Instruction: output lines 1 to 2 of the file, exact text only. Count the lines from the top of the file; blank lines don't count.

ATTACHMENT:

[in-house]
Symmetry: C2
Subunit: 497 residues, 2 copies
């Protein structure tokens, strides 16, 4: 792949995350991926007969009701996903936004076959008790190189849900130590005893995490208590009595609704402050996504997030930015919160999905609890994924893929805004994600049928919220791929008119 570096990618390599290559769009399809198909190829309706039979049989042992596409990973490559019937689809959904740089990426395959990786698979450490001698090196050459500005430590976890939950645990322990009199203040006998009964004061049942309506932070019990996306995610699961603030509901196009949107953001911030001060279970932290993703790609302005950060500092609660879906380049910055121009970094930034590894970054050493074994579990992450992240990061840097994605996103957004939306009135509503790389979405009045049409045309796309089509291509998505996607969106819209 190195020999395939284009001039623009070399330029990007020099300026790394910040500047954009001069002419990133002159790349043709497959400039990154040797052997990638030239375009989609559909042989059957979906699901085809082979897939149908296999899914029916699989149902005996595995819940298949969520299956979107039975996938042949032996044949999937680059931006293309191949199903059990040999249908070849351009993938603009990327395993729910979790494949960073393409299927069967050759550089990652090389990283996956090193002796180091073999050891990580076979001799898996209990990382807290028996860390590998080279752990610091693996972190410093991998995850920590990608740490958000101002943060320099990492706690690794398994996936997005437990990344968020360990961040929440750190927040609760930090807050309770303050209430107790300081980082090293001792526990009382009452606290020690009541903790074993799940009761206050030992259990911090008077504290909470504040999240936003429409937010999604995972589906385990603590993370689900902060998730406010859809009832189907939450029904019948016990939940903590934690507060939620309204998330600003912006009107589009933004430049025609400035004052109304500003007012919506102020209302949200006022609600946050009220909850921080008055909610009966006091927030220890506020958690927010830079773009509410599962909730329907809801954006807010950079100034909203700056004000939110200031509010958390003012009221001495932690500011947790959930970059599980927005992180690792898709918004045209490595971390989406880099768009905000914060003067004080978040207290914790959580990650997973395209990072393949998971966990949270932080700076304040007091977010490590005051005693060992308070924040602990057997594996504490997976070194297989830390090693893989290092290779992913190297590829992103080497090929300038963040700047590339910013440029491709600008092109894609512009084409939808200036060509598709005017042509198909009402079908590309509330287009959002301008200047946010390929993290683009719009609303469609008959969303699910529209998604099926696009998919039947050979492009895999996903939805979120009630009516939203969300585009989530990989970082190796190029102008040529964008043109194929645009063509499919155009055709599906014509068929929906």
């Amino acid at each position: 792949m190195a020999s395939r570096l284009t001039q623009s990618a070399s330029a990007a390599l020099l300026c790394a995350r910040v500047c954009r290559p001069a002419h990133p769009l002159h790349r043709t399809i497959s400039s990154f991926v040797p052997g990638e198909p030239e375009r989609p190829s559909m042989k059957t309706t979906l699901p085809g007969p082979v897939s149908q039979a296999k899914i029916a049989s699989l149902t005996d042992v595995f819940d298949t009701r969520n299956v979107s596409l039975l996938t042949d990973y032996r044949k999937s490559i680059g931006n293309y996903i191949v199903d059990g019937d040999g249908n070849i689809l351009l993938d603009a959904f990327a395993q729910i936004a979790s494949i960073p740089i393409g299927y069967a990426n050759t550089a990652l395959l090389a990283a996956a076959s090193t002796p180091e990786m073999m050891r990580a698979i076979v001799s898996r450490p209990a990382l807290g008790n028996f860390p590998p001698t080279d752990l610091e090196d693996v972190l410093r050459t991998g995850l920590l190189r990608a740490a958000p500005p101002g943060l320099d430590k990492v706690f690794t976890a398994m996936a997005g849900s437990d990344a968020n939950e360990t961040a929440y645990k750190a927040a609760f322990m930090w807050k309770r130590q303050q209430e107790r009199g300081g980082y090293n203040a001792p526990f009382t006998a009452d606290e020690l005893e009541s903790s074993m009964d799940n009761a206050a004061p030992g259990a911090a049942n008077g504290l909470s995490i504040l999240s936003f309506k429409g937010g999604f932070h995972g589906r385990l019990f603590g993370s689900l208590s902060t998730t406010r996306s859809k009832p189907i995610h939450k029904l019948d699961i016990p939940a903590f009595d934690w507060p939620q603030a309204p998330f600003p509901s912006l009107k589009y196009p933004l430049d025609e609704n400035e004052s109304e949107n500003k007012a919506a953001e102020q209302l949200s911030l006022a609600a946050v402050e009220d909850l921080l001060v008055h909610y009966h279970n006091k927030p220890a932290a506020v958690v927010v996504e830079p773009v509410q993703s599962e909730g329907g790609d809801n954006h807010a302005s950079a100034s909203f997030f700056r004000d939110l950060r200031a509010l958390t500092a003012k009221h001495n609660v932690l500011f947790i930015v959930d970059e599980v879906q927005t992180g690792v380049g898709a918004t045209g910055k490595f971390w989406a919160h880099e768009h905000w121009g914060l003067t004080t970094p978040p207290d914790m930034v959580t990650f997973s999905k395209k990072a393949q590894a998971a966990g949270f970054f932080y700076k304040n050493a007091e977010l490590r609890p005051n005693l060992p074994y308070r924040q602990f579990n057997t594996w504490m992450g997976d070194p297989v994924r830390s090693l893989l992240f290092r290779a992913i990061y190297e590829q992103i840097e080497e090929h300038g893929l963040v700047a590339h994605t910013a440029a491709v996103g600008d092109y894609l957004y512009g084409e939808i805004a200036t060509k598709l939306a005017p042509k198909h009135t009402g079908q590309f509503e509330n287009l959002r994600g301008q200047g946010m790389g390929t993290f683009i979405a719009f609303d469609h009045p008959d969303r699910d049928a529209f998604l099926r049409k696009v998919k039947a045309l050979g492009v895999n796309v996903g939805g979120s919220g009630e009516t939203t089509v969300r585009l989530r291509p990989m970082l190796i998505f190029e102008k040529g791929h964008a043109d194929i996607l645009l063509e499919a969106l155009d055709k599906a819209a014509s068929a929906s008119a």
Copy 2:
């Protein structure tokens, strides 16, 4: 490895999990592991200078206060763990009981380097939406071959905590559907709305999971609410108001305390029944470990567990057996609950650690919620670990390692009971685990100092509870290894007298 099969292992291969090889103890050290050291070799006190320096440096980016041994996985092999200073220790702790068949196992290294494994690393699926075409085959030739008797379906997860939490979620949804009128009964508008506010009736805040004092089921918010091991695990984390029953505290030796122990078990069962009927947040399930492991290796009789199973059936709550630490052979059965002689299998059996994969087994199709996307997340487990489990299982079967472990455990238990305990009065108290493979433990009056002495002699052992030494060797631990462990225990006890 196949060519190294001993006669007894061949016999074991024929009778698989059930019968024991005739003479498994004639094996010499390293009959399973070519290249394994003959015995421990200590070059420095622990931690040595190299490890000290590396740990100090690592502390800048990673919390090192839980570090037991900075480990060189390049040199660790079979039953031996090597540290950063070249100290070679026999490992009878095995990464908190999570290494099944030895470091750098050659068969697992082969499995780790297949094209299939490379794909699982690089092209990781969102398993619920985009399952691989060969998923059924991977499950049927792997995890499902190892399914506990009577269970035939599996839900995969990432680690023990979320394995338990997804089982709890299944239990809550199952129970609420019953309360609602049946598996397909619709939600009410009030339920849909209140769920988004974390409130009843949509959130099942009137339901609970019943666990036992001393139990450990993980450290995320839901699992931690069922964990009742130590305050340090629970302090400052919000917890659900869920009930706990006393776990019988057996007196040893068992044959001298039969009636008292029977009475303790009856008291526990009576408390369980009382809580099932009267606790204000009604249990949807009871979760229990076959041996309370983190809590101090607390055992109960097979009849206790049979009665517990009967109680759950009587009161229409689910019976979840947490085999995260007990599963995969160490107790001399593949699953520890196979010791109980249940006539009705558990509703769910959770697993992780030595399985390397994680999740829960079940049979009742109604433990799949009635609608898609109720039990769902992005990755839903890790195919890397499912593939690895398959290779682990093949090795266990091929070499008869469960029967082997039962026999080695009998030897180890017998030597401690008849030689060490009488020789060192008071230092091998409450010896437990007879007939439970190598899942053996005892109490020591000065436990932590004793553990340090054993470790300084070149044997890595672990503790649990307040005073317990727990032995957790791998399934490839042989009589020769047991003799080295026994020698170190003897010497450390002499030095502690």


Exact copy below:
[in-house]
Symmetry: C2